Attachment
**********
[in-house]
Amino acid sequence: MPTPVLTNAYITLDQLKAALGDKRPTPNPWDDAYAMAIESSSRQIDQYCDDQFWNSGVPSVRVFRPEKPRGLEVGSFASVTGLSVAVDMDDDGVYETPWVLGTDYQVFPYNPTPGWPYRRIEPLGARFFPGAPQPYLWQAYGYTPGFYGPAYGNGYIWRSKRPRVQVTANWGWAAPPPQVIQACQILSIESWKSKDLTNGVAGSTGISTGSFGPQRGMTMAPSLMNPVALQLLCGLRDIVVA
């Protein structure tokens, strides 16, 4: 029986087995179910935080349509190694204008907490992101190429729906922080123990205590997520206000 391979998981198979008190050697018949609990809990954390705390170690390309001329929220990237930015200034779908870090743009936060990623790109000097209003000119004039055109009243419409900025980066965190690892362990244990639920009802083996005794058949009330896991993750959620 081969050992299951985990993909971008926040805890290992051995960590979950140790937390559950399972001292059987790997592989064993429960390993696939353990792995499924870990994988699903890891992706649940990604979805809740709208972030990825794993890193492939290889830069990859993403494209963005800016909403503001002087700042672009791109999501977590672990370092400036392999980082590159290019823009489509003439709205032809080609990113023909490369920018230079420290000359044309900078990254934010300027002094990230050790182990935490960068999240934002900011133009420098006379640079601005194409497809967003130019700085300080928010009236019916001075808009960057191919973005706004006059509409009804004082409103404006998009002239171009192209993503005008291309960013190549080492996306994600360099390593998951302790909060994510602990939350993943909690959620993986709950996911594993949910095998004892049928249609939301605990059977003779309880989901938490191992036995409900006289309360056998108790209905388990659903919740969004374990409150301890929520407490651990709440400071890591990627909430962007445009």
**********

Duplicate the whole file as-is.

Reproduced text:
[in-house]
Amino acid sequence: MPTPVLTNAYITLDQLKAALGDKRPTPNPWDDAYAMAIESSSRQIDQYCDDQFWNSGVPSVRVFRPEKPRGLEVGSFASVTGLSVAVDMDDDGVYETPWVLGTDYQVFPYNPTPGWPYRRIEPLGARFFPGAPQPYLWQAYGYTPGFYGPAYGNGYIWRSKRPRVQVTANWGWAAPPPQVIQACQILSIESWKSKDLTNGVAGSTGISTGSFGPQRGMTMAPSLMNPVALQLLCGLRDIVVA
């Protein structure tokens, strides 16, 4: 029986087995179910935080349509190694204008907490992101190429729906922080123990205590997520206000 391979998981198979008190050697018949609990809990954390705390170690390309001329929220990237930015200034779908870090743009936060990623790109000097209003000119004039055109009243419409900025980066965190690892362990244990639920009802083996005794058949009330896991993750959620 081969050992299951985990993909971008926040805890290992051995960590979950140790937390559950399972001292059987790997592989064993429960390993696939353990792995499924870990994988699903890891992706649940990604979805809740709208972030990825794993890193492939290889830069990859993403494209963005800016909403503001002087700042672009791109999501977590672990370092400036392999980082590159290019823009489509003439709205032809080609990113023909490369920018230079420290000359044309900078990254934010300027002094990230050790182990935490960068999240934002900011133009420098006379640079601005194409497809967003130019700085300080928010009236019916001075808009960057191919973005706004006059509409009804004082409103404006998009002239171009192209993503005008291309960013190549080492996306994600360099390593998951302790909060994510602990939350993943909690959620993986709950996911594993949910095998004892049928249609939301605990059977003779309880989901938490191992036995409900006289309360056998108790209905388990659903919740969004374990409150301890929520407490651990709440400071890591990627909430962007445009």